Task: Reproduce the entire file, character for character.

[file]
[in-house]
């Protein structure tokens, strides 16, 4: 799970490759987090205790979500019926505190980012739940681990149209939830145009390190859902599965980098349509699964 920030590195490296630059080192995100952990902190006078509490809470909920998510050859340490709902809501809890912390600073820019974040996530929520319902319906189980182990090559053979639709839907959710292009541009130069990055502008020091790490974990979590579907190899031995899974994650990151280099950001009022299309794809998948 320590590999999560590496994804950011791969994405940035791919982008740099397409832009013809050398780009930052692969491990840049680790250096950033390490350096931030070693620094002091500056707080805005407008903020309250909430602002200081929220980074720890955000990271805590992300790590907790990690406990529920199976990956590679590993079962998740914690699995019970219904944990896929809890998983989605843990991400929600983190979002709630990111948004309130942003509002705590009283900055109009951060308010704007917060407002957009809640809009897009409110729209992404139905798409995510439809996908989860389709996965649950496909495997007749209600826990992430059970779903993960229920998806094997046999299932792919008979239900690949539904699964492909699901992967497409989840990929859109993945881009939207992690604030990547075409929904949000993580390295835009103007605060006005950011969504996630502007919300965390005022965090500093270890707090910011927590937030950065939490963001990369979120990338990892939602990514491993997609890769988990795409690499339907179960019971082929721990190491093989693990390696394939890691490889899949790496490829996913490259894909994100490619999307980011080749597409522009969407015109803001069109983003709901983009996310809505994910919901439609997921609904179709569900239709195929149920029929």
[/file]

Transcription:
[in-house]
């Protein structure tokens, strides 16, 4: 799970490759987090205790979500019926505190980012739940681990149209939830145009390190859902599965980098349509699964 920030590195490296630059080192995100952990902190006078509490809470909920998510050859340490709902809501809890912390600073820019974040996530929520319902319906189980182990090559053979639709839907959710292009541009130069990055502008020091790490974990979590579907190899031995899974994650990151280099950001009022299309794809998948 320590590999999560590496994804950011791969994405940035791919982008740099397409832009013809050398780009930052692969491990840049680790250096950033390490350096931030070693620094002091500056707080805005407008903020309250909430602002200081929220980074720890955000990271805590992300790590907790990690406990529920199976990956590679590993079962998740914690699995019970219904944990896929809890998983989605843990991400929600983190979002709630990111948004309130942003509002705590009283900055109009951060308010704007917060407002957009809640809009897009409110729209992404139905798409995510439809996908989860389709996965649950496909495997007749209600826990992430059970779903993960229920998806094997046999299932792919008979239900690949539904699964492909699901992967497409989840990929859109993945881009939207992690604030990547075409929904949000993580390295835009103007605060006005950011969504996630502007919300965390005022965090500093270890707090910011927590937030950065939490963001990369979120990338990892939602990514491993997609890769988990795409690499339907179960019971082929721990190491093989693990390696394939890691490889899949790496490829996913490259894909994100490619999307980011080749597409522009969407015109803001069109983003709901983009996310809505994910919901439609997921609904179709569900239709195929149920029929």